The UK is not disproportionately affected by the global refugee crisis

Abdulfatah Hamdallah died whilst attempting to cross the Channel. The Foreign Affairs Committee has found that our government policy was “pushing migrants into the hands of criminal groups” by focusing on closing borders rather than addressing the causes of migration or creating safe legal routes to seek asylum.

Farage, Patel & Johnson have shown an absence of compassion and a lack of understanding 

The response of Nigel Farage to the reports of asylum seekers crossing the Channel in inflatable dinghies was to claim there has been a “shocking invasion on the Kent coast”. Similarly, Priti Patel claimed the solution was to adopt a military response, such as deploying Royal Navy warships, and she subsequently appointed a former royal marine as her “clandestine Channel threat commander”.

The UK has ratified the 1951 Refugee Convention, a legal document which affirms the rights of refugees and places no obligation to claim asylum in the first safe country they reach. Thus, Boris Johnson’s statement that crossing the Channel to claim asylum was “a very bad and stupid and dangerous and criminal thing to do” is misleading. Frequently, there are no safe regular routes for refugees. The term ‘illegal migrant’ is used by some to orchestrate hostility and even violence.

When the Italian Interior Minister Matteo Salvini adopted a similar hostile approach there was an increase in the number of refugees drowning in the Mediterranean with 1,283 deaths just in 2019.

Refugees crossing the Mediterranean Sea on a boat. At least 19,164 asylum-seekers have died in the Mediterranean since 2014.
Photo: Wikimedia.

The Channel asylum seekers are a composite group: many are escaping armed conflict or persecution. Others are escaping poverty or dreaming about a better life. There is no difference, in this respect, between them and the large number of British and European migrants that have shaped world history.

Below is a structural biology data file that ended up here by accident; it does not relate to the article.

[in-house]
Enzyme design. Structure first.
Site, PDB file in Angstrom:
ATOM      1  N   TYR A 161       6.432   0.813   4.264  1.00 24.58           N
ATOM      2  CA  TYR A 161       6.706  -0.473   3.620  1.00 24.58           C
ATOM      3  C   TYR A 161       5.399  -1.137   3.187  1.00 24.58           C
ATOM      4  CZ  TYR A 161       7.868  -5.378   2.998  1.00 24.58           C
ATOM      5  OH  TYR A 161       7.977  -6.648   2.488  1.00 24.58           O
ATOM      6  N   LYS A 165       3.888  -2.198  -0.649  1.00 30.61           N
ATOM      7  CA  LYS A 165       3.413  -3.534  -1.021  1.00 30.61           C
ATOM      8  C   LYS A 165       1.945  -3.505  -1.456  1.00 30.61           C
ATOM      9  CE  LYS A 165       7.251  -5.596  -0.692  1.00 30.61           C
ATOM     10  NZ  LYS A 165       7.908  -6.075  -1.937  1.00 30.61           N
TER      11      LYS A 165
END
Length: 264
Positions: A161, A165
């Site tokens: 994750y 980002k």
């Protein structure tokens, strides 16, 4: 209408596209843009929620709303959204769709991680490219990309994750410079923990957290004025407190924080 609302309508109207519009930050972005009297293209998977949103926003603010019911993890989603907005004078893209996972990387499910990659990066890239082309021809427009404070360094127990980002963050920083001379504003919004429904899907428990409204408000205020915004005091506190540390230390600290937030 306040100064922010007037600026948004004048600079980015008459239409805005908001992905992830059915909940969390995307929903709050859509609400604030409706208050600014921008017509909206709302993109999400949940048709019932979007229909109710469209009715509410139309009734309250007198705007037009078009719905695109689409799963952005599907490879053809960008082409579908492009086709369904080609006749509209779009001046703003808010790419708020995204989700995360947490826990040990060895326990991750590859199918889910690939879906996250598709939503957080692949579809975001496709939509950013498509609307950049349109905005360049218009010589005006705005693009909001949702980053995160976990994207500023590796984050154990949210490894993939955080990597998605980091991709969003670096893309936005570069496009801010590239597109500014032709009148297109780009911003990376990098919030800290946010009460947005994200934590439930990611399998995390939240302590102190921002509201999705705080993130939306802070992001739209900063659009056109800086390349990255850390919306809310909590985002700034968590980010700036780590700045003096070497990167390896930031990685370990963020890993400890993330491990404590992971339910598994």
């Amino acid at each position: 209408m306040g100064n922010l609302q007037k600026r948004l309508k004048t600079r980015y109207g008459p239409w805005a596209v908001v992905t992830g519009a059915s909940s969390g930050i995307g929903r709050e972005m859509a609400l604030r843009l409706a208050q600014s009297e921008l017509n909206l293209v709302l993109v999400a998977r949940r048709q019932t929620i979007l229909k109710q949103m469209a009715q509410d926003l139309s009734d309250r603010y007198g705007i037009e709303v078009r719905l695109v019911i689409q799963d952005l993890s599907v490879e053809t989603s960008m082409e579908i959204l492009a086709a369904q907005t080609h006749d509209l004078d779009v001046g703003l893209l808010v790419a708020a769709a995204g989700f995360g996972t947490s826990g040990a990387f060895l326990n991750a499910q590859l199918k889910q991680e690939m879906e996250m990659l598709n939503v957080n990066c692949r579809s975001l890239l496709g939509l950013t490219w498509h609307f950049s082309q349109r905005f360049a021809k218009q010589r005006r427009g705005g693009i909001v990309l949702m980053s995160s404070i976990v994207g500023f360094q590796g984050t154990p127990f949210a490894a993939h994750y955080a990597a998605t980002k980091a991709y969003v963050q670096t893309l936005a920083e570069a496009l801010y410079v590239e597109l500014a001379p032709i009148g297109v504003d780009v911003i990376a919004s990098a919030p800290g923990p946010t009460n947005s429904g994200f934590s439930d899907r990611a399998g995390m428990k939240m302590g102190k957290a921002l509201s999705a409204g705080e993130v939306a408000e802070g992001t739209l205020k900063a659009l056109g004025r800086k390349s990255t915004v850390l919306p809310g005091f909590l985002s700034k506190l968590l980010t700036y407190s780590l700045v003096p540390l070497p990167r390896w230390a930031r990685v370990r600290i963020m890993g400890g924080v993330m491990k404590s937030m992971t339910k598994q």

Many British migrants to North America in the 17th century were Puritans, whose religious beliefs were no longer tolerated in Great Britain. Subsequently in the nineteenth century there was a British and European mass migration, as 61 million moved to America or Oceania: population growth and poverty were important drivers, as well as the dream of a better life over there. Some were ‘trafficked’ such as the 162,000 British convicts, usually guilty of petty crimes, who were forcibly transferred to Australia

A ship arriving in New York with migrants. In the nineteenth century there was mass migration from the UK and the rest of Europe to America, Australia and New Zealand.
Photo: Wikimedia.

We have not changed. The UK is one of the European nations with the largest number of emigrants. In 2015 about 5 million people born in the UK had chosen to live in other countries. Amongst our popular TV programs is Wanted down under(about the dream to relocate in Australia or New Zealand) and A place in the sun (about the dream to buy a property in various Mediterranean countries).